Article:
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Newspapers and other periodicals played a vital role in the progress of Confederation throughout British North America. While articles and editorials provided the most direct source of information on political developments and public opinion, political cartoons were just as effective in communicating popular concerns. Illustrators employed exaggeration, analogy and other techniques in order to critique current events or to satirize public figures. Influential political cartoonists such as Jean-Baptiste Côté and John Wilson Bengough not only generated a unique record of the Confederation era, but they also dealt with many issues that remain important to contemporary Canadians - such as regional identities within Confederation and the character and conduct of federal politicians.
"Effet de la Confédération"
Trained as an architect, Jean-Baptiste Côté (1832-1907) chose instead to pursue a career as a wood carver in the Quebec shipbuilding industry. His skills in that field were well known by the 1860s, when he began contributing to a number of literary publications as an engraver and caricaturist. He revealed his talent for uncompromising satire in La Scie, a periodical that opposed Confederation and caricatured its supporters, such as George-Étienne Cartier, Joseph-Édouard Cauchon, Hector-Louis Langevin and George Brown. Côté's productivity in the 1860s was remarkable, as he generated hundreds of caricatures and other graphic elements for activist newspapers. The humor and intensity of Côté's political cartoons are still evident, thanks to a distinctive style, in which a concentrated political statement is delivered through a purposefully simplified image.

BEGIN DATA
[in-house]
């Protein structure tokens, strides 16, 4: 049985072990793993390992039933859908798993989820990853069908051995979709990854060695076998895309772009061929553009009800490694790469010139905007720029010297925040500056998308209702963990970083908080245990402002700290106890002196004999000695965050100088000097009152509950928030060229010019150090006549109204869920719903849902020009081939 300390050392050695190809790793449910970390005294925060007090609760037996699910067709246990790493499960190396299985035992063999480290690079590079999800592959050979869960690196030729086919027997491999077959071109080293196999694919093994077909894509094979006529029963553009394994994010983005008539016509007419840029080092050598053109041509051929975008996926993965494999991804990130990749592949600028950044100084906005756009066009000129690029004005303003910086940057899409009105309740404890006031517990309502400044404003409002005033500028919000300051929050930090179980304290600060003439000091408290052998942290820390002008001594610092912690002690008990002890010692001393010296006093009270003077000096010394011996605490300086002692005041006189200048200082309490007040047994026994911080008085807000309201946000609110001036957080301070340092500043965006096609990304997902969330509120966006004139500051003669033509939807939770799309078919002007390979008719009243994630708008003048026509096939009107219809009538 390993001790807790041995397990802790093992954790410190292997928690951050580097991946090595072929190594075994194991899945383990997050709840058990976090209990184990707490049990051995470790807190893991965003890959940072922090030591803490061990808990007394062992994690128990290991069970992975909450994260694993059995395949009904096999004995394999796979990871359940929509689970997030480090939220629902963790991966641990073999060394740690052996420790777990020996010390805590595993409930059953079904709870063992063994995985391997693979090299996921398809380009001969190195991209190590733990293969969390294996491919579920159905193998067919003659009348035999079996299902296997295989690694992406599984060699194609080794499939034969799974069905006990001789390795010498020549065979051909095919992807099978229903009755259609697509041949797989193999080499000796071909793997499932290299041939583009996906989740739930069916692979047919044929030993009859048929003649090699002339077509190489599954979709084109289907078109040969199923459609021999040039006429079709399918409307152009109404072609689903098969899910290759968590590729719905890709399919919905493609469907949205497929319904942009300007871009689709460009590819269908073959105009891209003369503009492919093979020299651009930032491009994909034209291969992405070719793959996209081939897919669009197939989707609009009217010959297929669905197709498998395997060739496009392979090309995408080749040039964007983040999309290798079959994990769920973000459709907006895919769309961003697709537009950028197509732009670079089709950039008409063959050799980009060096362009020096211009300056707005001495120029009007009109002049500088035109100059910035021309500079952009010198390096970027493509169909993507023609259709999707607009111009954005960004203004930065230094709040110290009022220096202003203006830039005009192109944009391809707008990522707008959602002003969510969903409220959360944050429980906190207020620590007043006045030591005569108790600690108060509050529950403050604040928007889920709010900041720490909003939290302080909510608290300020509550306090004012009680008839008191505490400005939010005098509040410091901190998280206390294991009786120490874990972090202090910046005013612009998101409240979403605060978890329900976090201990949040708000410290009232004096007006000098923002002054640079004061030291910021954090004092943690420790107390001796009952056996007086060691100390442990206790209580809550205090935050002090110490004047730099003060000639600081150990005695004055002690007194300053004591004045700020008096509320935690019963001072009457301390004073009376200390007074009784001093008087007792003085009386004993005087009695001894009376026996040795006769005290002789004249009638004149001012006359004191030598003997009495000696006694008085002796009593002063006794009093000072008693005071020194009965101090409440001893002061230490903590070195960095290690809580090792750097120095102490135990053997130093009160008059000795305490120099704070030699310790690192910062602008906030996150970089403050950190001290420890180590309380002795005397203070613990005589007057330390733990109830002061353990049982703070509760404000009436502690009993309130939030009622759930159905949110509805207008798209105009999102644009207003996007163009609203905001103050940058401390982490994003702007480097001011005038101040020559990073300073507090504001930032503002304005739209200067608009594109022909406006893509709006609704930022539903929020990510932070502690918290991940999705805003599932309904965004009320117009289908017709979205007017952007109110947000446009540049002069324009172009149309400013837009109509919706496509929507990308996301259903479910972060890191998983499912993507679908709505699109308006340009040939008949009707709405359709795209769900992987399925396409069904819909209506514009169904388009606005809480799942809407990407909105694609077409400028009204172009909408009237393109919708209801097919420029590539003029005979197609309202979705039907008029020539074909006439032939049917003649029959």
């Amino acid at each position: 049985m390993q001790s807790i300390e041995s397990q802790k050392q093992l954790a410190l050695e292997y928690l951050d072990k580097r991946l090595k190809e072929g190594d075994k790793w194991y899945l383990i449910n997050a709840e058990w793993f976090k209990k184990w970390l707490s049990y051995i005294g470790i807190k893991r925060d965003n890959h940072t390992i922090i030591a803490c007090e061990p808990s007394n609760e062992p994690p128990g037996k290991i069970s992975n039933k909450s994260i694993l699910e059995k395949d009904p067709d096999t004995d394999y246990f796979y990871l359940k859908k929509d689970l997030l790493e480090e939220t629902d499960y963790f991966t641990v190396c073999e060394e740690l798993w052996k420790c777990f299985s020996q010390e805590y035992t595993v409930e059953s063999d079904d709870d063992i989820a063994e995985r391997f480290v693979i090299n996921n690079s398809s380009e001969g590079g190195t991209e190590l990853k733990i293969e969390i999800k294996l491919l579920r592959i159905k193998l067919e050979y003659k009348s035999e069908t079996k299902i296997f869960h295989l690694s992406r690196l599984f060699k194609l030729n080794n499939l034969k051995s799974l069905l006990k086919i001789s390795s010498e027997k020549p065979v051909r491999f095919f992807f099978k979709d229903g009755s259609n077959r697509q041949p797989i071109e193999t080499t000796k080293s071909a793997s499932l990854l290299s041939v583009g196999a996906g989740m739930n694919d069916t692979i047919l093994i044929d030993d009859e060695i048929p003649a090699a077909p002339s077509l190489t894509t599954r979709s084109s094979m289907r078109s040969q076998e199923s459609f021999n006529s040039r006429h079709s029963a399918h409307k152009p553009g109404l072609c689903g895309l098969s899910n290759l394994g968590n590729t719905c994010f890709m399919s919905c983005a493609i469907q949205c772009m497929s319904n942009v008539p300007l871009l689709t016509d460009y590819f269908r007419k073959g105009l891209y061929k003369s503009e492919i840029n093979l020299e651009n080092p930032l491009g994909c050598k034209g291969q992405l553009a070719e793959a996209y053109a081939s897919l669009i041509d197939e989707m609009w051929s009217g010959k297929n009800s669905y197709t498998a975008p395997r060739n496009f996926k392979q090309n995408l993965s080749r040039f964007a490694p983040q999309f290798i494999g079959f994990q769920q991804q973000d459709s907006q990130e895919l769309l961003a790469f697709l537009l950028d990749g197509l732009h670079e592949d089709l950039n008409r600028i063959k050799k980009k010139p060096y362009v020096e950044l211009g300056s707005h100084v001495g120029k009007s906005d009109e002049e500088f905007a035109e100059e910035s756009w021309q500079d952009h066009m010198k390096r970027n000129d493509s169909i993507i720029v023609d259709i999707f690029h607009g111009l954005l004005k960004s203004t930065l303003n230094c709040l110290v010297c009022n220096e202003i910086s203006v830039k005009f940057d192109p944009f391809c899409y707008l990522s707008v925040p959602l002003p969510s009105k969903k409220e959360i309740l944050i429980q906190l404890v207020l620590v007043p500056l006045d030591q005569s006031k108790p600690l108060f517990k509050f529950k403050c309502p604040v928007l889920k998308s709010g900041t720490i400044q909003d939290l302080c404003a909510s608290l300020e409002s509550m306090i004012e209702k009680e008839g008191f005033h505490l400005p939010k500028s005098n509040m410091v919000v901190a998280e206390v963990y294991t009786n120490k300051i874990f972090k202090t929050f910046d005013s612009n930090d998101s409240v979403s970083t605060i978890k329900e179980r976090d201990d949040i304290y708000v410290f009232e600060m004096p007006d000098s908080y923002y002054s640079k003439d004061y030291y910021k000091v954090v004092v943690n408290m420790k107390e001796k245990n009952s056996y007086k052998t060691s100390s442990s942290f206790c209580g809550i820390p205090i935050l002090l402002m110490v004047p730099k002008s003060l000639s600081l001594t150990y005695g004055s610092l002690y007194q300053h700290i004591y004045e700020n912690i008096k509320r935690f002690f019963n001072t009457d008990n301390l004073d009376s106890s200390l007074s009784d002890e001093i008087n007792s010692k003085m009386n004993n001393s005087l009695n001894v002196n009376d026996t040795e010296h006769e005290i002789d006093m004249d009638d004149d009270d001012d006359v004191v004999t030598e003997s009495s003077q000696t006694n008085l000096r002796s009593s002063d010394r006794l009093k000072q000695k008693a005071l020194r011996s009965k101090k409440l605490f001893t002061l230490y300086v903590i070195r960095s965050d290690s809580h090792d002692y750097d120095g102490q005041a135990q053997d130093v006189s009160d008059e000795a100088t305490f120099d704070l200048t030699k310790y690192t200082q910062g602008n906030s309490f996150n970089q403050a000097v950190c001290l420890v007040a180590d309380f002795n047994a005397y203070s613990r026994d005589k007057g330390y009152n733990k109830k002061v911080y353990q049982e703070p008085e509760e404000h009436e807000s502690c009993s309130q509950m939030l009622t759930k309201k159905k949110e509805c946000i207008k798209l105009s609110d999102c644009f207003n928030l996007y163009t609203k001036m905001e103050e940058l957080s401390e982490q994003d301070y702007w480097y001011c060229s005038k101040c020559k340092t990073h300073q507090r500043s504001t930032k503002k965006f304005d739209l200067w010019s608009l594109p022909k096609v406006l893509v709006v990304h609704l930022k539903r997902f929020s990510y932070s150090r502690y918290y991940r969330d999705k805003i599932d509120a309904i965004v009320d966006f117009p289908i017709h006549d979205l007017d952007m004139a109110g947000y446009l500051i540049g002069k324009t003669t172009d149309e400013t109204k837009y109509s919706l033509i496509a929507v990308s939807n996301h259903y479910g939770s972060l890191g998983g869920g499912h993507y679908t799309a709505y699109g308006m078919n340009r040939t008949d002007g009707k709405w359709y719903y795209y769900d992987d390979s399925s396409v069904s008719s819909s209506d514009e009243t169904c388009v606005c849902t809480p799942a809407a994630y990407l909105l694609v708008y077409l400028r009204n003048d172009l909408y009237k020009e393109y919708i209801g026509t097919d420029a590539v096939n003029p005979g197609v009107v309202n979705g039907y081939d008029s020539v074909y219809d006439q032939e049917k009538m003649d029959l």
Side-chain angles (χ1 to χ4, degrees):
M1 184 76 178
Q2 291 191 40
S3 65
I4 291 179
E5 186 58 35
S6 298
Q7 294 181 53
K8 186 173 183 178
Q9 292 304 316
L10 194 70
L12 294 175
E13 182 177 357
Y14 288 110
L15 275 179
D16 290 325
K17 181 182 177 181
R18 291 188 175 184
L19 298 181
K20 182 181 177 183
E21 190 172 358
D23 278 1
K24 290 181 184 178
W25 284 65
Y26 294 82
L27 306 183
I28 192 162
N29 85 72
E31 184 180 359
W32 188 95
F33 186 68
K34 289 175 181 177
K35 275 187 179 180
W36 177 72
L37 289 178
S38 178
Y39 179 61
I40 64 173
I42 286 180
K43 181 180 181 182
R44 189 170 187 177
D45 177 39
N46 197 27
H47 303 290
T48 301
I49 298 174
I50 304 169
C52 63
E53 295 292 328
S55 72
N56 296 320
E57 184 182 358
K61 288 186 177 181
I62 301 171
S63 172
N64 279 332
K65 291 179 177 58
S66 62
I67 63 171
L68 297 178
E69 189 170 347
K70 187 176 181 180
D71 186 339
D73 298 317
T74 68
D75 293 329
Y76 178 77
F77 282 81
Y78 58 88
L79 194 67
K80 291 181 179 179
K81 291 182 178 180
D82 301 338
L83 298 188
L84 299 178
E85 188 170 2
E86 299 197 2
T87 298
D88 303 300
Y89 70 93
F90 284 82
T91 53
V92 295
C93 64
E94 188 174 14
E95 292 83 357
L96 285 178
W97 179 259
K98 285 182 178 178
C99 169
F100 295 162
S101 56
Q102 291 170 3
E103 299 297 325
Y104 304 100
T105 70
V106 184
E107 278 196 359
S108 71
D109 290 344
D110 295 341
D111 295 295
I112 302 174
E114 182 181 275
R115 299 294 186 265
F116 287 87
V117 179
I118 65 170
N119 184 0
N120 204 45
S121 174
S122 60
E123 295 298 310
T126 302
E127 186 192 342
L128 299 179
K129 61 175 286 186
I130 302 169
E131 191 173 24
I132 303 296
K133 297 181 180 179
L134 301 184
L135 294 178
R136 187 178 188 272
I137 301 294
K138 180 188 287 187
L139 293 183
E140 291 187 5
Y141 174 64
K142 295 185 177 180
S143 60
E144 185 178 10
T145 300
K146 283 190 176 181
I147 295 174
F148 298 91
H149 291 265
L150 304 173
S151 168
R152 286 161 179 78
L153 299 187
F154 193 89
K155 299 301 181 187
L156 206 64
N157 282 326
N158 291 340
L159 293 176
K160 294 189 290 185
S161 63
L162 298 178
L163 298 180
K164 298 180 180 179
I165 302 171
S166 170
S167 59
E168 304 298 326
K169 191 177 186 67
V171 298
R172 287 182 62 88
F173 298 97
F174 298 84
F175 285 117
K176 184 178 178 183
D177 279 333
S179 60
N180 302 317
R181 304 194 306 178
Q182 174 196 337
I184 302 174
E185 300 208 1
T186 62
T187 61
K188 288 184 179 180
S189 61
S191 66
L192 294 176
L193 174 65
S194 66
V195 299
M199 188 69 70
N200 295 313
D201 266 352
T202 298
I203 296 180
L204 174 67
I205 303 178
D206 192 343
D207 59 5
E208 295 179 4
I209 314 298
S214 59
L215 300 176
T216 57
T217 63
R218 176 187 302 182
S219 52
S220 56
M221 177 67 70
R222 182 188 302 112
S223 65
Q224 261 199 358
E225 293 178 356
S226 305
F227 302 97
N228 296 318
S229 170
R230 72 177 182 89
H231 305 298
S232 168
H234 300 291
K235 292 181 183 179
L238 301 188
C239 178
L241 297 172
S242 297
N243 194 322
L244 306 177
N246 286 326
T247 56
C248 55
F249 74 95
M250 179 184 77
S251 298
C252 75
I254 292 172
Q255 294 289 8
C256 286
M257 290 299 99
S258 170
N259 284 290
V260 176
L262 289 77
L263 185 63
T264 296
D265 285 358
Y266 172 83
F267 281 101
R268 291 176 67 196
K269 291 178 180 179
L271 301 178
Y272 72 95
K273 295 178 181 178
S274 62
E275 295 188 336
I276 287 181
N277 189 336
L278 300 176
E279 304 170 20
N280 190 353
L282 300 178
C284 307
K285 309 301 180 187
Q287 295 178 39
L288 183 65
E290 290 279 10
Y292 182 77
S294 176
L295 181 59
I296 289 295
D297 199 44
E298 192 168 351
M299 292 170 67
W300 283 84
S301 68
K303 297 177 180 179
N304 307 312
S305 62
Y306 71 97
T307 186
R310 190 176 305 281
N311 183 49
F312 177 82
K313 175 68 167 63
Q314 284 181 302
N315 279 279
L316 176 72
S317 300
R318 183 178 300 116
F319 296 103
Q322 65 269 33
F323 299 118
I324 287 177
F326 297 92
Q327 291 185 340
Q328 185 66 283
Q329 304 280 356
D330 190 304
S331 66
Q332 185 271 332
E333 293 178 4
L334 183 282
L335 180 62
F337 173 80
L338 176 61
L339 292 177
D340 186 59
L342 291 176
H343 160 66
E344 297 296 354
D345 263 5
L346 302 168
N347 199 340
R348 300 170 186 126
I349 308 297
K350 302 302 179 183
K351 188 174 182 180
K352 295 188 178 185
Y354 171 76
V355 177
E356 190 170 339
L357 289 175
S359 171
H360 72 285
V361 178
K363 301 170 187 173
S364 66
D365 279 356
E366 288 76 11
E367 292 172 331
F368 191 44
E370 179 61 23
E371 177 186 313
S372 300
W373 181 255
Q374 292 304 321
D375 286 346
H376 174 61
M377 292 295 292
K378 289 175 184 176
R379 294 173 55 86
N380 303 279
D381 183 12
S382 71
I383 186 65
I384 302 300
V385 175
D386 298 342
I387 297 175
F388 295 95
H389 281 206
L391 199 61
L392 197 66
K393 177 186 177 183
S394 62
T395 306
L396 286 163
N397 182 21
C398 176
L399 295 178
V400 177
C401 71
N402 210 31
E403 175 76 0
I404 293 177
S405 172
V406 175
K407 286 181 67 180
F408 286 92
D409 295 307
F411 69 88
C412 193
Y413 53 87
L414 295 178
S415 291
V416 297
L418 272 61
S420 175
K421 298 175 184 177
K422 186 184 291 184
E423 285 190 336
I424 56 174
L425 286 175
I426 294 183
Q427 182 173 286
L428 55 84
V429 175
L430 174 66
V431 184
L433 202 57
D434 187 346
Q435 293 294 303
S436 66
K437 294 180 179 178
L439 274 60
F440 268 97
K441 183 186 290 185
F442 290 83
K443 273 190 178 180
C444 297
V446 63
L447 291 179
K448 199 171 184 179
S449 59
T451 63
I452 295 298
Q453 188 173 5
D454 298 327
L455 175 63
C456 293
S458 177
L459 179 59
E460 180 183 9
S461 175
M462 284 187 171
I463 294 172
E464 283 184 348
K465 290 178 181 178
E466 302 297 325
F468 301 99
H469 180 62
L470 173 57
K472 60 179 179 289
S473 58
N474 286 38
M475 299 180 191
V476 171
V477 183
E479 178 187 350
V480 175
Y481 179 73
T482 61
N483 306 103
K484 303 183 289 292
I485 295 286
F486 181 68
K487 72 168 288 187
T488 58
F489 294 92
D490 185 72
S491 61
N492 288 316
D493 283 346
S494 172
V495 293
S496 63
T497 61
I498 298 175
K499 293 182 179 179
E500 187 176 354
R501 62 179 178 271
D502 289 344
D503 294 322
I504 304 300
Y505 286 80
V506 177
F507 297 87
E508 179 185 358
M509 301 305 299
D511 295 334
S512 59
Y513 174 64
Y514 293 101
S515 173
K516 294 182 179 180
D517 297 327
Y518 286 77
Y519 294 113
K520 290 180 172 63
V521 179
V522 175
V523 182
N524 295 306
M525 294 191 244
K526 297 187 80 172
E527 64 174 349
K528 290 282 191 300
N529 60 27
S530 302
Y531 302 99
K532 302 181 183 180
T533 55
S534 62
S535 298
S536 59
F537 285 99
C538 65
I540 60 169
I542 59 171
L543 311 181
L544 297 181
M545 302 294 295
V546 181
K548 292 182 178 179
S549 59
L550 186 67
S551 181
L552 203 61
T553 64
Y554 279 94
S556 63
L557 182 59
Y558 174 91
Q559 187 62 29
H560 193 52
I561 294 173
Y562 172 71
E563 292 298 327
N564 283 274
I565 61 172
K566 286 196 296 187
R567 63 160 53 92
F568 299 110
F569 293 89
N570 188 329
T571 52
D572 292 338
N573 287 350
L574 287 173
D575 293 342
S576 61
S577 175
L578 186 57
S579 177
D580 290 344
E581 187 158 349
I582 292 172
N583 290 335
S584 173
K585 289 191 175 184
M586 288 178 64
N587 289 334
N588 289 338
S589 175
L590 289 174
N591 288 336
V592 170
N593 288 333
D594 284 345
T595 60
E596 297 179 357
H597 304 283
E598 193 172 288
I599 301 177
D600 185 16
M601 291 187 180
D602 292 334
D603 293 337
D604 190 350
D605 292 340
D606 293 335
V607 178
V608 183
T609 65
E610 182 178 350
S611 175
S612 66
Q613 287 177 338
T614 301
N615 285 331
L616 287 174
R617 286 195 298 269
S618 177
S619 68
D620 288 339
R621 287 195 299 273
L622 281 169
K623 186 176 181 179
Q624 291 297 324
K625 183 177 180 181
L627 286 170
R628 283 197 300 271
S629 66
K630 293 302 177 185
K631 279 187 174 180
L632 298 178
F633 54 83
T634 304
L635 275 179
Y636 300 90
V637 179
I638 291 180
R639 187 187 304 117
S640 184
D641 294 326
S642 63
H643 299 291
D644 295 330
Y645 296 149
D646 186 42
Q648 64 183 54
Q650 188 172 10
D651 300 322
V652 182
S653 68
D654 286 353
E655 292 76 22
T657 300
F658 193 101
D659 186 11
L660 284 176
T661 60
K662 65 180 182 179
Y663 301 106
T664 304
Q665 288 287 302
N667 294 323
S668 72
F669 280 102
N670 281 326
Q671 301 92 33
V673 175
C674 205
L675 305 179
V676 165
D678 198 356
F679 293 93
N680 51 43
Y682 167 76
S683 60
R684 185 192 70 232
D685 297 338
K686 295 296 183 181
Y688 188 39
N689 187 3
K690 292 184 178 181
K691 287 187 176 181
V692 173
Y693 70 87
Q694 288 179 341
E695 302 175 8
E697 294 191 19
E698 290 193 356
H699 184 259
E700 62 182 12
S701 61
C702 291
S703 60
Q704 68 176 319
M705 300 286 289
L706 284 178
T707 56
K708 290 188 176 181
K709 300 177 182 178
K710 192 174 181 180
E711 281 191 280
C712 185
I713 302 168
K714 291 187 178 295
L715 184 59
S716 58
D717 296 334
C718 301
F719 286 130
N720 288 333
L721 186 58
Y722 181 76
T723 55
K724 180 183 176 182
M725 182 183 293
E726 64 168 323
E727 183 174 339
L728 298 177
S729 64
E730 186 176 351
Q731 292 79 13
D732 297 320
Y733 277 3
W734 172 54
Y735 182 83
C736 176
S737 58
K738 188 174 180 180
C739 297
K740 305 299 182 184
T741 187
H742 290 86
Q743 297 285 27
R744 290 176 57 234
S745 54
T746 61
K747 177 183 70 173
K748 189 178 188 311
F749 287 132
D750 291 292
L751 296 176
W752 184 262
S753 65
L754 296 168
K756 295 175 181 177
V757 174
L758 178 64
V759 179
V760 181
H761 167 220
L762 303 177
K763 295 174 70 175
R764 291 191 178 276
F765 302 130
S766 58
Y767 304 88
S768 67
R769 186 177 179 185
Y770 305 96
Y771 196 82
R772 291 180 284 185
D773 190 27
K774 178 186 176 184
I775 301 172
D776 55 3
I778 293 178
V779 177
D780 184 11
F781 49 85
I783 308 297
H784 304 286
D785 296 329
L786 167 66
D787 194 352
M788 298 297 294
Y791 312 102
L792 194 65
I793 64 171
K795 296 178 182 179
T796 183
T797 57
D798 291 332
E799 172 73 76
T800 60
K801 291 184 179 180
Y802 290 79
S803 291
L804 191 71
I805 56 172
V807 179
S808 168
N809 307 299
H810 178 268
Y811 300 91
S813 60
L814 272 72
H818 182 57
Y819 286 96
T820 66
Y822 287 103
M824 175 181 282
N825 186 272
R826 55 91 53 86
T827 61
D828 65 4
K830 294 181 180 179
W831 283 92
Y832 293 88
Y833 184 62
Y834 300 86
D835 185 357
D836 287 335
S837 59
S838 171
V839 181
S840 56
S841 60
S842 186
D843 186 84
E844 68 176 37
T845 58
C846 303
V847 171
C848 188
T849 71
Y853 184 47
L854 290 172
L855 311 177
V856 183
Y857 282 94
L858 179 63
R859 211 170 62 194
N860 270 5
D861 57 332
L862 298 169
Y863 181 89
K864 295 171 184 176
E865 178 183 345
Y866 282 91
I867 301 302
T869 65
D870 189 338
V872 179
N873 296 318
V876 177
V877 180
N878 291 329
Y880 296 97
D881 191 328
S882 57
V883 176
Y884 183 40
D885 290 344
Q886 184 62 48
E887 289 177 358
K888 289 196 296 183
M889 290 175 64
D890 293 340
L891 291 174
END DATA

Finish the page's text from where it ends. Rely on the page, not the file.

"O, Our Prophetic Soul!"
When J.W. Bengough (1851-1923) was 22 years old, he founded the satirical magazine Grip. The launch of that publication in 1873 coincided with the eruption of the Pacific Scandal; as a result, Bengough had ample material to "draw upon" as an artist and humorist. His depictions of impish parliamentarians, and in particular his portrayal of Sir John A. Macdonald as a figure of endless mischief, were immensely popular: Grip claimed a circulation of anywhere between 7,000 and 50,000 readers. Bengough's engagement with public affairs did not stop on the printed page, as he championed a number of social reform issues and was elected as a Toronto alderman.
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